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Political experts weigh in on the State of the Union, impeachment vote and Iowa Caucuses

Political analysts Laura Fink and Wendy Patrick spoke with News 8 about a few busy days in politics.

SAN DIEGO — The impeachment trial of President Donald Trump is now over. He was found not guilty of two articles of impeachment by the Senate on Wednesday.

On the first article, abuse of power, the votes were 48 to 52. Only one Republican voted guilty. On the second article, obstruction of Congress, the votes were along party lines - 47 to 53. They were nowhere near the 2/3rds support necessary in the Republican-held Senate to convict and remove the President from office.

"This was dead on arrival in Senate and everybody knew it at the time this impeachment proceeding was initiated," said political analyst Wendy Patrick. "Didn't the constituents of all those different politicians elect those politicians to do something else other than try the President on articles of impeachment that they never believed were going to go anywhere?"

President Trump is still the third present to be impeached in the House.

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"The Democrats moved forward when it was not politically popular because they felt there was a moral imperative to use the impeachment clause to restrain this president, not just for previous actions, but also to stop him from doing it in the future," said another political analyst Laura Fink.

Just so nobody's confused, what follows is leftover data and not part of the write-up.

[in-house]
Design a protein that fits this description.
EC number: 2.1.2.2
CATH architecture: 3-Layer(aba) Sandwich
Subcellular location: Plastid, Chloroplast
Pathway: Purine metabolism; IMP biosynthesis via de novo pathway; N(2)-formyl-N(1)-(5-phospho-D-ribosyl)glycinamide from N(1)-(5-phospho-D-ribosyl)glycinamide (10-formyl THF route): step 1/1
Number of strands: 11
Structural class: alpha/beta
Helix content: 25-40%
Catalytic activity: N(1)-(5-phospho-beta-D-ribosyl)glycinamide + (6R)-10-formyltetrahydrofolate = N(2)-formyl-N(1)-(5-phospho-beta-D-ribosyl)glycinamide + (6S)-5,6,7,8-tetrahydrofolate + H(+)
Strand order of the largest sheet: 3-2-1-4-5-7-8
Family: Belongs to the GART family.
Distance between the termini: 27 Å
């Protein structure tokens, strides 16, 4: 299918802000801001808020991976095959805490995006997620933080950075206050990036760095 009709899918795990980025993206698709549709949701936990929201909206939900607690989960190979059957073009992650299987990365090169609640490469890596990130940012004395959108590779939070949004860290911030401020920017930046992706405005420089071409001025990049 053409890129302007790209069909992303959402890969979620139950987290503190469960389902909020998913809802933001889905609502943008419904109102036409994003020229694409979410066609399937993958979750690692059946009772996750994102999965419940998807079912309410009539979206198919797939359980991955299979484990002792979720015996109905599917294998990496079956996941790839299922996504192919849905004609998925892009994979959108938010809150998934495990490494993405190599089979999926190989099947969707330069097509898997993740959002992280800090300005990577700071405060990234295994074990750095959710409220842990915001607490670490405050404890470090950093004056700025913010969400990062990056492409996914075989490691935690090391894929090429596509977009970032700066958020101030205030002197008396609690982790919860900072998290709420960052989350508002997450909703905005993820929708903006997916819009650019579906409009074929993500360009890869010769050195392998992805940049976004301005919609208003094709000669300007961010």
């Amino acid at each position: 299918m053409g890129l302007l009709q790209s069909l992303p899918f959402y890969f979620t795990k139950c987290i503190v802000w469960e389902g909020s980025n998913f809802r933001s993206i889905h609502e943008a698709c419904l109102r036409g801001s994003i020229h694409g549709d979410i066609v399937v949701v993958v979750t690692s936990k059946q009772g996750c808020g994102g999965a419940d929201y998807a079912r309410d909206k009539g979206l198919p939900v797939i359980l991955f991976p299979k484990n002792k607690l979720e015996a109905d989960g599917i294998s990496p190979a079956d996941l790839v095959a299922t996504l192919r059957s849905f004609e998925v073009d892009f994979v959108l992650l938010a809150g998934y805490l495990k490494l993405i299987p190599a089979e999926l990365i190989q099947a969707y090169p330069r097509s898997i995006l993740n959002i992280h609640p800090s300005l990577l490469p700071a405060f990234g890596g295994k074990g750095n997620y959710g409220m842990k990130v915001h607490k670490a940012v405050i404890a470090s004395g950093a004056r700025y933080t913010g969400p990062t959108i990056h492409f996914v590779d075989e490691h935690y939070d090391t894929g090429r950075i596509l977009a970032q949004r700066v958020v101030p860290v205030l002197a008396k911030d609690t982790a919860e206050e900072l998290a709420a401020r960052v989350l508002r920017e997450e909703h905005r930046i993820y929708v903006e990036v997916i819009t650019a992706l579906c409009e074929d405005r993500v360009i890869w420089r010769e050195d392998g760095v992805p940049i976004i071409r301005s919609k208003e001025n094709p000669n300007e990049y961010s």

So what's next? 

For one, the president's latest approval ratings have gone up to 49%

"Celebrating a 49% approval rating is like celebrating ninth place in a beauty contest. It's not something any president would be expected to cheer," said Fink.

"The ultimate jurors are not the Senators, they are the voters and they are going to tell us what they think at the ballot box," said Patrick.

Both sides are hoping that this impeachment trial was a lesson learned.

"It's not a pleasant experience and part of what the president has learned is he can't just do and say what he wants," added Patrick.

"Voters are looking at the president and feeling good about the economy and bad about his job performance and that's because he's polarizing and that's something he'll have to contend with in November," said Fink.

Between the disastrous Iowa caucuses, the impeachment vote, and the State of the Union address, this week has been incredibly busy with politics.

Laura Fink and Wendy Patrick also joined Morning Extra for two segments to break it all down and explain what everything means.

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